• Afghanistan and Taliban peace talk negotiators held their first direct session last Tuesday (Sept 15) in Doha as the warring sides try to work out an agenda and schedule for how to negotiate a peace deal as the United States withdraw troops. While the agenda was unclear, an Afghan presidential palace official said a top priority was getting the Taliban to agree on a ceasefire or significant reduction in violence.
  • The United Nations’ humanitarian chief Mark Lowcock warned last Tuesday (Sept 15) that famine has returned to Yemen and singled out Saudi Arabia, the United Arab Emirates and Kuwait for giving nothing to this year’s desperately needed aid. Yemen, the poorest country in the Arab world, managed to avert famine two years ago because donors swiftly met 90 per cent of the UN’s funding requirements.
  • Lebanon missed the mid-September deadline set by French President Emmanuel Macron to form a new government to address the nation’s economic crisis, following a mass resignation in the wake of a deadly explosion in Beirut’s port last month. Macron had set himself up as a broker for finding common ground among Lebanon’s rival political factions.
  • UN Secretary-General Antonio Guterres told the UN Security Council that he cannot take any action on a US declaration that all UN sanctions on Iran had been reimposed because “there would appear to be uncertainty” on the issue. Iran urged the UN’s top court last Wednesday (Sept 16) to hear its bid to overturn US nuclear sanctions as they have caused record drop in Iran’s trade, a near-doubling of food prices and “severe” effects on the health system. The US argued the sanctions were necessary because Iran posed a “grave threat” to international security.
  • The US hopes to move ahead with plans to name Qatar as a major non-NATO ally (MNNA), a status that provides foreign nations with benefits in defence trade and security cooperation with Washington, a senior US official said last Thursday (Sept 17). Currently, 17 countries hold the MNNA status, including Gulf Arab states Kuwait and Bahrain.
  • The UN urged Turkey to investigate possible war crimes and other rights violations in a statement last Friday (Sept 18), which it said were carried out by armed groups in the area of northern Syria under Turkish control. Turkey rejected the human rights violations claims, calling them “unfounded allegations” and “baseless claims”. 


  • Nigerian health workers launched a strike last Monday (Sept 14), after a meeting with the authorities failed to meet their demands on the back pay, a virus hazard allowance as well as badly needed hospital repairs, according to the Joint Health Workers Union (JOHESU). The industrial action came just four days after resident doctors called off their strike.
  • Former Ivory Coast President Henri Konan Bedie promised to let political exiles, including former president Laurent Gbagbo, return home if he wins the October election. Bedie is considered President Alassane Ouattara’s main challenger in the Oct 31 vote. Ivory Coast’s top court has cleared the way for Ouattara to run for a contentious third term, as protests turned violent in several cities since Ouattara announced his candidacy last month.
  • The US military’s Africa Command is pressing for new authorities to carry out armed drone strikes targeting al-Qaeda-linked Somali-based Shabab fighters in portions of eastern Kenya, potentially expanding the counterterrorism drone war into another country under certain circumstances. The push for the extended authorities traces back to a Shabab attack in January on a military base in Kenya that housed US troops. According to Africa Command’s director of intelligence, Al Shabab is the most capable terrorist group on the African continent.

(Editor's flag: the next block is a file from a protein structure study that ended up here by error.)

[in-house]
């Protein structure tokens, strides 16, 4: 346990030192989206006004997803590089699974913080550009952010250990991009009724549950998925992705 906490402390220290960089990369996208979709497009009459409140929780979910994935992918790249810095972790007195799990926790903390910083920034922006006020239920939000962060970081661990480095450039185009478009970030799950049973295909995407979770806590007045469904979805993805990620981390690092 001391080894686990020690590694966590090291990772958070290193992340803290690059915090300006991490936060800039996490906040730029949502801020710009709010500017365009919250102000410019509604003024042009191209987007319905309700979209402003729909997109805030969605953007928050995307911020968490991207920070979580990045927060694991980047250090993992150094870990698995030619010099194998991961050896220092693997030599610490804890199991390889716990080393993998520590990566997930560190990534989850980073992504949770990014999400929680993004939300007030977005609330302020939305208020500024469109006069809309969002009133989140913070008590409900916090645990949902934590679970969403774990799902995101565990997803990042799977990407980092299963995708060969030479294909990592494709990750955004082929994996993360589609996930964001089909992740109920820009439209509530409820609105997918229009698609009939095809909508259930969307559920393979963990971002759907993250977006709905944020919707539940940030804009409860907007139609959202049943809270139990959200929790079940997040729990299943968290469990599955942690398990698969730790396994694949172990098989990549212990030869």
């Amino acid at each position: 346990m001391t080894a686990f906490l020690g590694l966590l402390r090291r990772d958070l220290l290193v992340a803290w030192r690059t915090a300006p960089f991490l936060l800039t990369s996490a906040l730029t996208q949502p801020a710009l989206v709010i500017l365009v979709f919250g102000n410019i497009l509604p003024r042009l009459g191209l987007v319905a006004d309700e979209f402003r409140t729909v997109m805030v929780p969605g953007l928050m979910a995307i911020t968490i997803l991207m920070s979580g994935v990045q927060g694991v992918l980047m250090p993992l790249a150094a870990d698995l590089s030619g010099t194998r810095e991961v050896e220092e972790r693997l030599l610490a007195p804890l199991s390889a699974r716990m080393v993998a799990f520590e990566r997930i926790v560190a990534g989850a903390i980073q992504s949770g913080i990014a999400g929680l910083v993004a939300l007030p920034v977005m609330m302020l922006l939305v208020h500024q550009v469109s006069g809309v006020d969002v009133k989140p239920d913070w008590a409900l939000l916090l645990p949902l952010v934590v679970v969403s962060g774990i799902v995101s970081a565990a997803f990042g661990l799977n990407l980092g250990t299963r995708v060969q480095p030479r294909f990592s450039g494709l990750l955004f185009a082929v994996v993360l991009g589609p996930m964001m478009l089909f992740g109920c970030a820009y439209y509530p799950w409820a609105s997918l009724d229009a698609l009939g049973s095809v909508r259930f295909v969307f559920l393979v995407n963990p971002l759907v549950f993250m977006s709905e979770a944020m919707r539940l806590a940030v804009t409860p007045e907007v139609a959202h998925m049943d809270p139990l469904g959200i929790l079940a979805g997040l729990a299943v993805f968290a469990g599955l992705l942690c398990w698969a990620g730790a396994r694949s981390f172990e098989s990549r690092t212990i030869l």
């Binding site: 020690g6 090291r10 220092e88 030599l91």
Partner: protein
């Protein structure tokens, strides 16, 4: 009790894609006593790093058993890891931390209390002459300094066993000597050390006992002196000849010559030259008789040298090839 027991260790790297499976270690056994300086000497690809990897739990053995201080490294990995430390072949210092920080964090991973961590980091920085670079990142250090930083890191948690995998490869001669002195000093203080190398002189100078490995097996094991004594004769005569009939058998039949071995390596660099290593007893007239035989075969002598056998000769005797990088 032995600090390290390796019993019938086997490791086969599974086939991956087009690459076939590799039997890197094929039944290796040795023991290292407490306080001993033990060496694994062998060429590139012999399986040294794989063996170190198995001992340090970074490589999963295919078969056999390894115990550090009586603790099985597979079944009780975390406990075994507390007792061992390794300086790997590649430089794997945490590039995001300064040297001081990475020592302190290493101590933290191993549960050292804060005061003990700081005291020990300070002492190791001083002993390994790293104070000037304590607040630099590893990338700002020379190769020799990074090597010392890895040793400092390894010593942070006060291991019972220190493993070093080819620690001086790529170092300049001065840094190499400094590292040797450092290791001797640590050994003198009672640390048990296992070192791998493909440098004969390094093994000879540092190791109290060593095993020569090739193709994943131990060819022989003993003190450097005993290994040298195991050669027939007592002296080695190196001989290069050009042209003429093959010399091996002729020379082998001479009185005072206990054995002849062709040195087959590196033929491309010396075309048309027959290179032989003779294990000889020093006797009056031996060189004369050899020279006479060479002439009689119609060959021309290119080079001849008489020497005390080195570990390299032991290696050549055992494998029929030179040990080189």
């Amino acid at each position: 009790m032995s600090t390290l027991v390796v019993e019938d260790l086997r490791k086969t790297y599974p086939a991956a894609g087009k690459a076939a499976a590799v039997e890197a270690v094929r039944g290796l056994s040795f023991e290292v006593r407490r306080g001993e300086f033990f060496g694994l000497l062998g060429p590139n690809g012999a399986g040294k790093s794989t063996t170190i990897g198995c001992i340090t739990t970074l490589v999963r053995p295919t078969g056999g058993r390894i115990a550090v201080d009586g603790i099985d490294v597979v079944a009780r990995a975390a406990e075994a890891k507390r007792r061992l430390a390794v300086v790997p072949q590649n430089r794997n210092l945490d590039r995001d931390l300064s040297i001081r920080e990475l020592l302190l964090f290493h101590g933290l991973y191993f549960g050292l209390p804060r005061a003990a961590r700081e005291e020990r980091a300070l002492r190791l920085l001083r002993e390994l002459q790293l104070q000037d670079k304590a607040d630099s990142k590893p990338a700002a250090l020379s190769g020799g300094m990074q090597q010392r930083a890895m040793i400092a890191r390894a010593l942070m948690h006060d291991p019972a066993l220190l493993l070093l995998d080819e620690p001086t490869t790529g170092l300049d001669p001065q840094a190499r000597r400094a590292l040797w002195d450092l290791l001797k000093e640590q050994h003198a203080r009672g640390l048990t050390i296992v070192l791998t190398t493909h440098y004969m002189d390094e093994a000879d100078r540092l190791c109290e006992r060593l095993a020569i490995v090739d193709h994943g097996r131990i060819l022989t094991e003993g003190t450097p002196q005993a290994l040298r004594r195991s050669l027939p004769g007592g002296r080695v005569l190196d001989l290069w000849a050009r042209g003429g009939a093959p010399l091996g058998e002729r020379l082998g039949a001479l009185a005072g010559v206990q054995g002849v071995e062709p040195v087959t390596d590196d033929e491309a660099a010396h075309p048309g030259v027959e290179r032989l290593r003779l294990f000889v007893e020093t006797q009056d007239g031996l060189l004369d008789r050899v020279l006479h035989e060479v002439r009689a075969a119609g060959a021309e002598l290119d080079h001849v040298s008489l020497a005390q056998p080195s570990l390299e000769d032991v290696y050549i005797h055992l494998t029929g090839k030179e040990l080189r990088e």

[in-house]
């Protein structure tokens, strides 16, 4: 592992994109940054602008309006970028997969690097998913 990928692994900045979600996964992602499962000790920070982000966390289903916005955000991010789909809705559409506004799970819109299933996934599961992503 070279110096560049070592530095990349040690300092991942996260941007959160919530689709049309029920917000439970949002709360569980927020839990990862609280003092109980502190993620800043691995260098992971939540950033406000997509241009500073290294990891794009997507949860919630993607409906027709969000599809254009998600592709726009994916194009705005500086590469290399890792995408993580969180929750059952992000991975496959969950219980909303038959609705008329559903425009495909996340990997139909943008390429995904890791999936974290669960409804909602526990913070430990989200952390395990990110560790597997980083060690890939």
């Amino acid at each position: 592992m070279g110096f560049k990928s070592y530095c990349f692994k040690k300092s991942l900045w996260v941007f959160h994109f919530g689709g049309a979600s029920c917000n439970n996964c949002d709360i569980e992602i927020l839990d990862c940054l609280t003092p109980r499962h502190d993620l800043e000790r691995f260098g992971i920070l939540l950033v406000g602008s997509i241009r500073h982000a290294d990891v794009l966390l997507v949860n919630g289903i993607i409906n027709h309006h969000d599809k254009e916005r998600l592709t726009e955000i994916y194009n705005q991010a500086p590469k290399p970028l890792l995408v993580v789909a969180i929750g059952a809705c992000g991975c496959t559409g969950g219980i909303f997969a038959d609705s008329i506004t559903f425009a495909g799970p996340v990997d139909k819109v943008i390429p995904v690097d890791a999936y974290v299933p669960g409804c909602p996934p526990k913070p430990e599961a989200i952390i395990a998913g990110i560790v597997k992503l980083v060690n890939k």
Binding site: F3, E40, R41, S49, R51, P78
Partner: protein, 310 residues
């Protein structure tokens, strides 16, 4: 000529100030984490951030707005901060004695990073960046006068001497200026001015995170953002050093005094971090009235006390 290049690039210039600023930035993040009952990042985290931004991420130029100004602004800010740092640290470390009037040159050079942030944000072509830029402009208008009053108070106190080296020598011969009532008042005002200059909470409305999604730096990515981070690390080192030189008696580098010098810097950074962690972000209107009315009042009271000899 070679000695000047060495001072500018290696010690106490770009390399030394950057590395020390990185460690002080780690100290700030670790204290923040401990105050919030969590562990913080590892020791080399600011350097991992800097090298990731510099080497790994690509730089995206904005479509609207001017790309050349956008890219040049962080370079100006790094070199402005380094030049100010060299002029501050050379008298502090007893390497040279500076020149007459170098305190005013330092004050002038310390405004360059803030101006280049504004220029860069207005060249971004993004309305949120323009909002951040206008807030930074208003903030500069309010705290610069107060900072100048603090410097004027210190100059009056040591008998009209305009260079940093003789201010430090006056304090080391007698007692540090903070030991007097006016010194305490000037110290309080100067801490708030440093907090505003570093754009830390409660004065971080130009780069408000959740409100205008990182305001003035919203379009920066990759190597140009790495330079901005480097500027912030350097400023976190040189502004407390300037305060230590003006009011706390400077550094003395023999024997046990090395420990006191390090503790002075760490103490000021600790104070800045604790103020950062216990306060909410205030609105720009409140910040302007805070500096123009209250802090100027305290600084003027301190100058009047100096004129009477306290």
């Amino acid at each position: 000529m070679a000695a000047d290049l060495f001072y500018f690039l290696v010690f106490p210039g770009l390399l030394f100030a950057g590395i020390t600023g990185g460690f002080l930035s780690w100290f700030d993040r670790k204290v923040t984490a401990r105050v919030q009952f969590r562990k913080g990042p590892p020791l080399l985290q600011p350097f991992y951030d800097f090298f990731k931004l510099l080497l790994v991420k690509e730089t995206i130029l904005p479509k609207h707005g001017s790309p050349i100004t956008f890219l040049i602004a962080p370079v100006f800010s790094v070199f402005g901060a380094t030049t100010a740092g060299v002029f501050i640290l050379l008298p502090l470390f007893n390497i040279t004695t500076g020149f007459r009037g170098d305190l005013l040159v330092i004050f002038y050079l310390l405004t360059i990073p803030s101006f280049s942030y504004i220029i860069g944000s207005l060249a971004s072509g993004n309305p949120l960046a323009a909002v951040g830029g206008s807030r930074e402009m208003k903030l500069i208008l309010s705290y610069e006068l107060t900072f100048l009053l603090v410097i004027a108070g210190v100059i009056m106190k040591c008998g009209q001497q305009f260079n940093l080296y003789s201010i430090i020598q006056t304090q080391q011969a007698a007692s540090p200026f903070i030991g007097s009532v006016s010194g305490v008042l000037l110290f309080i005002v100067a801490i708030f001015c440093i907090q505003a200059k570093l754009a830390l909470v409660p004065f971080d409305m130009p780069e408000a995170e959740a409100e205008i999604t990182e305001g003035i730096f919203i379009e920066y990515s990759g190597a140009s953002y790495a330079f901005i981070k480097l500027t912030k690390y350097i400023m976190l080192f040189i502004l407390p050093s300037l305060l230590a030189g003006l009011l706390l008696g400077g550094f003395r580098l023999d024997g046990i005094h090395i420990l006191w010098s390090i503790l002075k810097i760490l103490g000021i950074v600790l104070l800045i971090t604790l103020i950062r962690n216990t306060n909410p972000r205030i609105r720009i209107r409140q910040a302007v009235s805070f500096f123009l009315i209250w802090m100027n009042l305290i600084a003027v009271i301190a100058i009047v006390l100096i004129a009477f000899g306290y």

• The trial of Sudan’s former president Omar al-Bashir over his role in the 1989 military coup that brought him to power was adjourned to Sept 22, the judge said last Tuesday (Sept 15). If convicted, Bashir and 27 other defendants, including former top ministers, could face the death penalty. Bashir, who stayed in power for 30 years before being overthrown, is also wanted by the International Criminal Court (ICC) to face charges of genocide and crimes against humanity in the western region of Darfur. 
  • West African leaders met the head of Mali’s military junta last Tuesday (Sept 15), to press for the return to civilian rule nearly a month after rebel officers seized power in the fragile state. The Economic Community of West African States (ECOWAS) slapped sanctions on Mali after the coup, including closing borders and banning trade and financial flows, and has called for elections within 12 months. The 15-nation bloc also gave Mali until Tuesday (Sept 22) to name a civilian president and prime minister to head a transition government.
  • Somali President Mohamed Abdullahi Mohamed picked newcomer Mohamed Hussein Roble as prime minister ahead of looming elections, cementing power around the presidency. Roble replaces Hassan Ali Khaire, who was sacked in July after a power struggle in the decision whether to delay a national election due next year.
  • Khalifa Haftar, the commander of the self-styled Libyan National Army (LNA), announced a conditional lifting of a months-long oil blockade by his forces. Haftar’s backers shut down the country’s oilfield and terminals in January in a bid to put pressure on their rivals, the UN-recognised Tripoli-based Government of National Accord (GNA). The blockade resulted in severe losses in revenue, as oil is Libya’s main source of income.
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The IAS Gazette is a news site run by undergraduates from the Singapore Institute of Management’s International Affairs Society (IAS). Founded in 2018, it traces its roots to The Capital, a now defunct bimonthly magazine previously under the IAS.